Sisi gives strongest sign yet that he may run for president
Courtesy: Armed Forces spokesperson official Facebook page

Amid widespread speculation over Defense Minister Colonel General Abdel Fattah al-Sisi interest in Egypt’s presidency, a brief answer to a question at a conference has created a media frenzy.

“When Egyptians say something, we obey and I will never turn my back on Egypt,” Sisi said at a conference on Saturday. He was responding to questions, and requests by attendees that he bid for the country’s top post, according to the official Middle East News Agency (MENA).

For weeks, questions over Sisi’s possible bid for the presidency have whirled, with no firm confirmation or denial from the army chief. Saturday’s statement is seen as the first clear sign that he is indeed considering the post.

Sisi was speaking at an educational seminar on Saturday. Also present were the military Chief of Staff General Sedky Sobhy and other high-ranking members of the Armed Forces, along with Interior Minister Mohamed Ibrahim and Amr Moussa, head of the committee that drafted the new constitution. The seminar was the eighth of its kind organized by the Moral Affairs Department of the Armed Forces.

Earlier in the seminar, Sisi had called on Egyptians to “bear their national duty by participating in the constitutional referendum to correct the democratic path and build a modern democratic state,” MENA reported.

Later in the day, military officers said they “would act upon Egyptians’ desire if they want to nominate Sisi for president,” MENA reported.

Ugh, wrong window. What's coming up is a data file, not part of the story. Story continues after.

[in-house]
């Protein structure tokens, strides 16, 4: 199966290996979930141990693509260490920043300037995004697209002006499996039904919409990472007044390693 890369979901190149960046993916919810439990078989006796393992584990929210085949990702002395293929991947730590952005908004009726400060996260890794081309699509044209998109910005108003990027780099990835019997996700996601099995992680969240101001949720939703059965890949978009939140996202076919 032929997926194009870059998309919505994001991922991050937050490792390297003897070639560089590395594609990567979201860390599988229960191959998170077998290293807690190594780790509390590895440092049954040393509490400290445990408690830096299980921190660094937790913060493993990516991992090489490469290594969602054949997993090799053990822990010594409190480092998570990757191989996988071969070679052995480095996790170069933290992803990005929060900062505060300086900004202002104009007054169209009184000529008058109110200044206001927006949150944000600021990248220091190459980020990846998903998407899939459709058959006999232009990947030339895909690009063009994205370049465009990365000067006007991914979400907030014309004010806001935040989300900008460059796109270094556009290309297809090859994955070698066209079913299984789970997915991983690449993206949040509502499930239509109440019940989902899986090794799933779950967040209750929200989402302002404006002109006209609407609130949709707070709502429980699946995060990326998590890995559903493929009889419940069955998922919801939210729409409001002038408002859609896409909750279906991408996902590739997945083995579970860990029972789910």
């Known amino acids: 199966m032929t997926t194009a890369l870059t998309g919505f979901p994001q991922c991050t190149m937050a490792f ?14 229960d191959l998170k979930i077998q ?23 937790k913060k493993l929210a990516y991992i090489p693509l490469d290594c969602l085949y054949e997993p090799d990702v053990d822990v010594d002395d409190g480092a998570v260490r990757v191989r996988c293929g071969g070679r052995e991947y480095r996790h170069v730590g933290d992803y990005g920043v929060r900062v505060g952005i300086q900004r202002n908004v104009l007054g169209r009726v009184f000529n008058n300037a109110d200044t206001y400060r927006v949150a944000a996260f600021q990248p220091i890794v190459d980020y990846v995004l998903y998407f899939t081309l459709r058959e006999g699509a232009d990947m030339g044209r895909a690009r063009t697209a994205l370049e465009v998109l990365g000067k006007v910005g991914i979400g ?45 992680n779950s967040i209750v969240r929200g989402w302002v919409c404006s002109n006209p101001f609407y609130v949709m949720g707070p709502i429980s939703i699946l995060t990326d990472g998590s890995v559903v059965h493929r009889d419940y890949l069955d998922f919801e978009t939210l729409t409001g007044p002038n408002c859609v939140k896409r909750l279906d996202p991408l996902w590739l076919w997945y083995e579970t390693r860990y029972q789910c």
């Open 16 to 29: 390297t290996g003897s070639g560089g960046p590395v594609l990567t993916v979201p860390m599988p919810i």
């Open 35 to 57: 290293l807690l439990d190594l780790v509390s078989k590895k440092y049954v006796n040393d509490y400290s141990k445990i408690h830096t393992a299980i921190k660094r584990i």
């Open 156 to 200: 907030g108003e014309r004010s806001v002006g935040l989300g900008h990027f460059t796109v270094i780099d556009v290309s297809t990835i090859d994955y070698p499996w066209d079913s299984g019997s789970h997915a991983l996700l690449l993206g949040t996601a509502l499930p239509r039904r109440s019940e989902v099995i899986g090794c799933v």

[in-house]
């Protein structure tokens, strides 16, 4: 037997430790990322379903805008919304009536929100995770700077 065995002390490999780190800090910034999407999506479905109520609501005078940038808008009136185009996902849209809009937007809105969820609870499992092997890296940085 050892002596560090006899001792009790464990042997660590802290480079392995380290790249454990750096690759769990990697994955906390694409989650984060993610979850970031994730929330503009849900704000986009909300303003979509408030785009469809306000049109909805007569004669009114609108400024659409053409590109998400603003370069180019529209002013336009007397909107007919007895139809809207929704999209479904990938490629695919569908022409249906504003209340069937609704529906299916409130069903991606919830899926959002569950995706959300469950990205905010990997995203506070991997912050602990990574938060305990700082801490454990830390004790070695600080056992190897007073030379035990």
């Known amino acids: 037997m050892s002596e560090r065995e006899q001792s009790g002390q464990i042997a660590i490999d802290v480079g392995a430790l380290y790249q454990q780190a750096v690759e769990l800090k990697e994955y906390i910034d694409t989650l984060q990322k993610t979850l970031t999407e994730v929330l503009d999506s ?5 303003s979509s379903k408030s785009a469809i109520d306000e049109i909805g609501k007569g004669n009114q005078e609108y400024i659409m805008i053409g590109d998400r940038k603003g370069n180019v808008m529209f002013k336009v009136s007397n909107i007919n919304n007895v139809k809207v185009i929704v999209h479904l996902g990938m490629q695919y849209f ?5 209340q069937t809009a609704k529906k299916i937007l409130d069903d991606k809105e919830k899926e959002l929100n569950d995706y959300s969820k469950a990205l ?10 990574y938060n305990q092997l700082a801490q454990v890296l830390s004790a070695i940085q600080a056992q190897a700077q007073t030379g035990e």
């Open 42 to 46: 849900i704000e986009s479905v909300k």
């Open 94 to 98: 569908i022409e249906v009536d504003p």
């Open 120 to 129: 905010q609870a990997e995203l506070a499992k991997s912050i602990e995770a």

The conference hall then reportedly exploded with applause when one military officer said that despite their attachment to their chief, the Armed Forces would not deny the Egyptian people their military leader.

Sisi said that if he runs for president it must be at the request of the people and with a mandate from the army, the state-owned Al-Ahram newspaper reported.

If the condition for his taking up the presidential bid is merely people’s requests and desires, the option is now seen as highly likely. Sisi has enjoyed wide popularity since leading the removal of former President Mohamed Morsi following mass protests against him in July.

“If I run then it must be at the request of the people and with a mandate from my army . . . we work in a democracy,” Reuters quoted Sisi as saying.

On January 4, social media was abuzz with news that Sisi had decided to run for the presidency, as reported by several news websites and Cairo-based TV shows. The sources, including the privately owned Al-Wafd newspaper and the satellite channel MBC Masr, also reported that Sisi would soon be removed from his position as minister of defense, in order to make him eligible to run for the presidency.

The reports said that the current military chief of staff, Sedky Sobhy, would replace him. Sobhy was promoted to lieutenant-general last August by then-President Morsi, who appointed him chief of staff.

Only one week ago, military spokesperson Ahmed Mohamed Ali attempted to quell the speculation, issuing a statement on his official Facebook page. “Some papers and other media deal with the news about the Armed Forces and its leaders with the concept of ‘the scoop,’ with no consideration to the possible effects on the national security of the country during these delicate times,” the statement read, adding, “The Armed Forces is focused during this period on the steps indicated in the road map for the future of Egyptians after June 30.”

A group called “We Want Sisi for President” last week called on Egyptians to take to the streets and squares on January 25 to demand that Sisi run for president, the state-owned news site Egynews reported.

The group’s founder, Abdul Aziz Abdullah, claims to have gathered 12 million signatures supporting a Sisi presidency, Egynews reported.


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